TEWKSBURY — November marks the annual clean up of The Pines Cemetery, one of three in Tewksbury that are part of the Tewksbury State Hospital legacy, a former almshouse, tuberculosis and polio infirmary, and pauper care facility opened in 1854.
Volunteers have been working tirelessly to revitalize the cemetery and preserve the legacy of those who rest here. Open Space efforts with the Town of Tewksbury have yielded marked trails, defined parking, and informational kiosks at two entrances to the cemetery, improving the quality of the experience and drawing people in to the natural beauty of the land which lies between East and Livingston Streets, and includes Strongwater Brook.
The property is part of Tewksbury’s open space and has walking trails. Tewksbury’s annual Town Meeting approved CPA funds in May 2019 to manage poison ivy in the historic cemetery which furthers the preservation efforts.
Recently, a family placed a granite marker for a relative who died at the hospital in 1907. The iron grave marker was located and excavated, and then the family of Ellen O’Brien Noonan was able to recognize her passing. The marker states “Native of Ballina Tipperary Ireland,” and event that makes organizers quite proud.
There are an estimated 10,000 bodies buried in the Pines and possibly up to 30,000 by some estimates, on a nearly three and a half acre site, with silver markers lined in rows that are numbered and lettered, row after row as far as the eye can see. It is a staggering sight.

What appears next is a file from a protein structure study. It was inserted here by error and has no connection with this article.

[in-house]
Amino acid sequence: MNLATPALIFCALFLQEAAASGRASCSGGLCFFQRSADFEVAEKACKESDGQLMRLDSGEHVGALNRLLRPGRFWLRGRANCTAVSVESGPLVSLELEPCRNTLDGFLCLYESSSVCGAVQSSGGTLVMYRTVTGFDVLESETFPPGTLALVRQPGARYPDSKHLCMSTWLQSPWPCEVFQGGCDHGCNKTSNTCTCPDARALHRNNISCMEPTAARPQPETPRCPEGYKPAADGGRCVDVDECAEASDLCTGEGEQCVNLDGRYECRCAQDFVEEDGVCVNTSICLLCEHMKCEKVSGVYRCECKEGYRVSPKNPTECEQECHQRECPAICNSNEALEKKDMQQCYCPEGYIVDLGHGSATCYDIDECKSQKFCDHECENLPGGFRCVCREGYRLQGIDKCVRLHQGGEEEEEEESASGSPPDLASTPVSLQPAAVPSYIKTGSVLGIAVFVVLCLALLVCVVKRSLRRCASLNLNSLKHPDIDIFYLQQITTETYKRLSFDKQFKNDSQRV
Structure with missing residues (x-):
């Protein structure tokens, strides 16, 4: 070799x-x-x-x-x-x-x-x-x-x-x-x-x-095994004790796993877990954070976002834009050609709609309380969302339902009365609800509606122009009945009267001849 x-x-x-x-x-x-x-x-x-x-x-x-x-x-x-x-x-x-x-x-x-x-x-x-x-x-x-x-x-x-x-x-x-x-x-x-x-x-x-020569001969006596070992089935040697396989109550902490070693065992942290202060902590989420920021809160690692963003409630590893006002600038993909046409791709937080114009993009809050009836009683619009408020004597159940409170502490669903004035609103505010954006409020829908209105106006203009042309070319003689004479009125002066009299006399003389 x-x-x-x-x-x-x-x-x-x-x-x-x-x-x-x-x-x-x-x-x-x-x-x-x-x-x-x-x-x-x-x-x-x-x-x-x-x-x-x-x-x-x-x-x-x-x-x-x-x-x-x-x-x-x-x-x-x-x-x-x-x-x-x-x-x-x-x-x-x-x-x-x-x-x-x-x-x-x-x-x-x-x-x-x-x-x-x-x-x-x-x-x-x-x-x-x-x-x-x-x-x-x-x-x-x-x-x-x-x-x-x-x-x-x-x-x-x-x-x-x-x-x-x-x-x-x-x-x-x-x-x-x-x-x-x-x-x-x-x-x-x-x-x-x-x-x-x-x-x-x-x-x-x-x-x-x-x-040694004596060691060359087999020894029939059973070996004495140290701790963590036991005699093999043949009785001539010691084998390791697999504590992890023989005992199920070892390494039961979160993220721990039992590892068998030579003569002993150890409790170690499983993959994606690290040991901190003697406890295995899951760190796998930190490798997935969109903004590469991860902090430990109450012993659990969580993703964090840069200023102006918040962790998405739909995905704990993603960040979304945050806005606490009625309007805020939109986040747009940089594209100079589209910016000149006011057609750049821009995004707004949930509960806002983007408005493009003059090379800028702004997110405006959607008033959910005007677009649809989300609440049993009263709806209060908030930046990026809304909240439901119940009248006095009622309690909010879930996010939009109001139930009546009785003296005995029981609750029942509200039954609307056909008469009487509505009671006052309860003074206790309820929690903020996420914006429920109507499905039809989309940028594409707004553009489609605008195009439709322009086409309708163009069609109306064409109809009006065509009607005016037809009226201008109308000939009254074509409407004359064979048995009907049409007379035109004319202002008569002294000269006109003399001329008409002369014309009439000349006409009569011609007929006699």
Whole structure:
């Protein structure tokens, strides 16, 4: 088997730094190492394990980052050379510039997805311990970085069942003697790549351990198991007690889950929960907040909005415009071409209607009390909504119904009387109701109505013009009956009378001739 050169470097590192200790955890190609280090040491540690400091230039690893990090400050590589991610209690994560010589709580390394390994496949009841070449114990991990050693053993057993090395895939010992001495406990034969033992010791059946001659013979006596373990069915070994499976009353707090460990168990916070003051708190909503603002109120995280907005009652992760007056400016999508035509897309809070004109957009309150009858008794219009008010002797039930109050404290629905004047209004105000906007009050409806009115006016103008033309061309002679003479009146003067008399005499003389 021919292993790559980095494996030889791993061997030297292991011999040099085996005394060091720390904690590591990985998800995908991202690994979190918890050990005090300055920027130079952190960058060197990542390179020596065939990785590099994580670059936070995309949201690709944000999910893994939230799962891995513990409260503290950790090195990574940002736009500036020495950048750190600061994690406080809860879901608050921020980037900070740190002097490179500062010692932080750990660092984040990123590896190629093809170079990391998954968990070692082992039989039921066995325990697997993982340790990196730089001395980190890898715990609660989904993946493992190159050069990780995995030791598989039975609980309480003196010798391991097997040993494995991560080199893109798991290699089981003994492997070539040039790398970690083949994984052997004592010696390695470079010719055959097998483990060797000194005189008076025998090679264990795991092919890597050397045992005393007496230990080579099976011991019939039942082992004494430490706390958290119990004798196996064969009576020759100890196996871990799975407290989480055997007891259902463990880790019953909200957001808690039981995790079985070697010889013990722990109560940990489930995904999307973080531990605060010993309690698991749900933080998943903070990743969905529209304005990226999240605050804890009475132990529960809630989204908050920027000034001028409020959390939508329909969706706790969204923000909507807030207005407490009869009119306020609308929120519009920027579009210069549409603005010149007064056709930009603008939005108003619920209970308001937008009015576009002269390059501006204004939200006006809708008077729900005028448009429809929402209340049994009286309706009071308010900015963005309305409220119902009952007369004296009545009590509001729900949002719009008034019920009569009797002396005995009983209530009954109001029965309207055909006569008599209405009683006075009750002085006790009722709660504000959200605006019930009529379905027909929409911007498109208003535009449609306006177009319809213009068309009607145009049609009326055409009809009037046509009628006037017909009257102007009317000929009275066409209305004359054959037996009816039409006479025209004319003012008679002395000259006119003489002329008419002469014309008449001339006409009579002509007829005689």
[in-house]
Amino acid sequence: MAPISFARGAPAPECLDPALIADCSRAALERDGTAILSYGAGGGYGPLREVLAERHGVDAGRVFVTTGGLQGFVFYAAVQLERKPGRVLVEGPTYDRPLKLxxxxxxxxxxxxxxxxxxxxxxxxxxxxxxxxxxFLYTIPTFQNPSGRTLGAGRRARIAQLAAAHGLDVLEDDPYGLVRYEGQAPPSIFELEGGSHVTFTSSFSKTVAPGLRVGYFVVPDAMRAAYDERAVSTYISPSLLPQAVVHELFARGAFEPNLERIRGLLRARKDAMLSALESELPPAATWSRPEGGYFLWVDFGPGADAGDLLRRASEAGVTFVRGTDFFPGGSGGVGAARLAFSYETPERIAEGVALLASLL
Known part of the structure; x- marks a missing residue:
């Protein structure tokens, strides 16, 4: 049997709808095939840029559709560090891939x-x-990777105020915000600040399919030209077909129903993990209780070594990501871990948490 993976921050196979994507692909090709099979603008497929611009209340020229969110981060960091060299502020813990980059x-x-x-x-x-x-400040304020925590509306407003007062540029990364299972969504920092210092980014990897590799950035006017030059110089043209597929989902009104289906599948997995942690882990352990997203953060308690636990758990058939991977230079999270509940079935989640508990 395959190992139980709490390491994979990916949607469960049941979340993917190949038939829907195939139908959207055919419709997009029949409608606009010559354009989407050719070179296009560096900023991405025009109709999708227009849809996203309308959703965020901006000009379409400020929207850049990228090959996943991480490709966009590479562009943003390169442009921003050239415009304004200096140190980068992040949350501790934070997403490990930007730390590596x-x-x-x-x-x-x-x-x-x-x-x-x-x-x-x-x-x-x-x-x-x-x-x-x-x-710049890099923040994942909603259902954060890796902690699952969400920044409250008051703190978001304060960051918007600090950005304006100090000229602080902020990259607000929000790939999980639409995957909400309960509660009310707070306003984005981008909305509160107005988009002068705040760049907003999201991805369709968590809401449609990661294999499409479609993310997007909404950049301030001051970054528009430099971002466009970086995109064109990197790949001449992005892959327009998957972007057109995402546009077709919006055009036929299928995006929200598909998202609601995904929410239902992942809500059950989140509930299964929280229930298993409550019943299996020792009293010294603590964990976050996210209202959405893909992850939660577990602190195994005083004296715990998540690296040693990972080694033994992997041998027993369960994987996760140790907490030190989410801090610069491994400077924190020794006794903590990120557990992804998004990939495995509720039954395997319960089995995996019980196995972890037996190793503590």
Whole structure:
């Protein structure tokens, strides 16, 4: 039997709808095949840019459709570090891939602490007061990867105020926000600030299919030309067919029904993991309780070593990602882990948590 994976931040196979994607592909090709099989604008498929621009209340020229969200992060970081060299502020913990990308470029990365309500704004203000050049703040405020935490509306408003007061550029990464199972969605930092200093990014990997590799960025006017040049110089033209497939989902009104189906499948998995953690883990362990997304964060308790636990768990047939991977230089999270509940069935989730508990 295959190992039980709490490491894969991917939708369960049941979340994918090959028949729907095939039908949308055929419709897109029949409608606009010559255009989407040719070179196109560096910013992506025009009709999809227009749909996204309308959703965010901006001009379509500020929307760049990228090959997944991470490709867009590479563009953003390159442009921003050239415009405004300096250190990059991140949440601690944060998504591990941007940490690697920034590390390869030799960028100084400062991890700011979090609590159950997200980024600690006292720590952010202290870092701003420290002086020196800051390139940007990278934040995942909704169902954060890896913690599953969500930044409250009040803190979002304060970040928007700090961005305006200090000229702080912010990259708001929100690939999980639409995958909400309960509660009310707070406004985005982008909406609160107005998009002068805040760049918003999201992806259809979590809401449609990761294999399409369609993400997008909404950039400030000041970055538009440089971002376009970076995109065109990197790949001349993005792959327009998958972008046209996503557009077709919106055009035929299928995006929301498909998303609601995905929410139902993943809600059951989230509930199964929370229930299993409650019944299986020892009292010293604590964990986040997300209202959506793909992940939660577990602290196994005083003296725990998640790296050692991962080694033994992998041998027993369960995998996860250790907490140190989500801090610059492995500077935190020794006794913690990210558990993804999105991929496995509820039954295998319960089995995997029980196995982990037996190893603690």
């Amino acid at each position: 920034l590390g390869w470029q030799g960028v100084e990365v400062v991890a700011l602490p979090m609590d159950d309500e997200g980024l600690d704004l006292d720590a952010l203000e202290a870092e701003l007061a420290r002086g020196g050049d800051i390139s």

The cemetery operated from 1854-1930, though records for the first 30 years have yet to be located. Not all of the care at the facility was benevolent, however, and accounts from the late 1800s of mistreatment and starvation of adults and children, the illegitimate and the insane, are haunting. Many Irish paupers are in the cemetery, as are infants and those struck with contagious diseases.
The volunteer group is holding a clean up on Saturday, Nov. 2 from 9:30 a.m. - 3:30 p.m. There is also a rain date of Nov. 9. The group maintains a Facebook page called Save the Tewksbury Hospital Pines Cemetery and welcomes residents to come down, even for an hour.
The work is basic raking, clearing brush and removing any debris. Tools will be provided but participants can bring gloves or loppers or rakes if they have them. Organizers say muscle would also be welcomed to help haul some larger tree debris out.
A Go Fund Me page is set up at https://www.gofundme.com/f/tewksbury-pines-cemetery-cleanup-19 to raise money for supplies to support the volunteers.
If you’d like to help, contact firstname.lastname@example.org. As website of cemetery and records information is at http://www.tewksburyhospitalcemetery.ma-vitalrecords.org.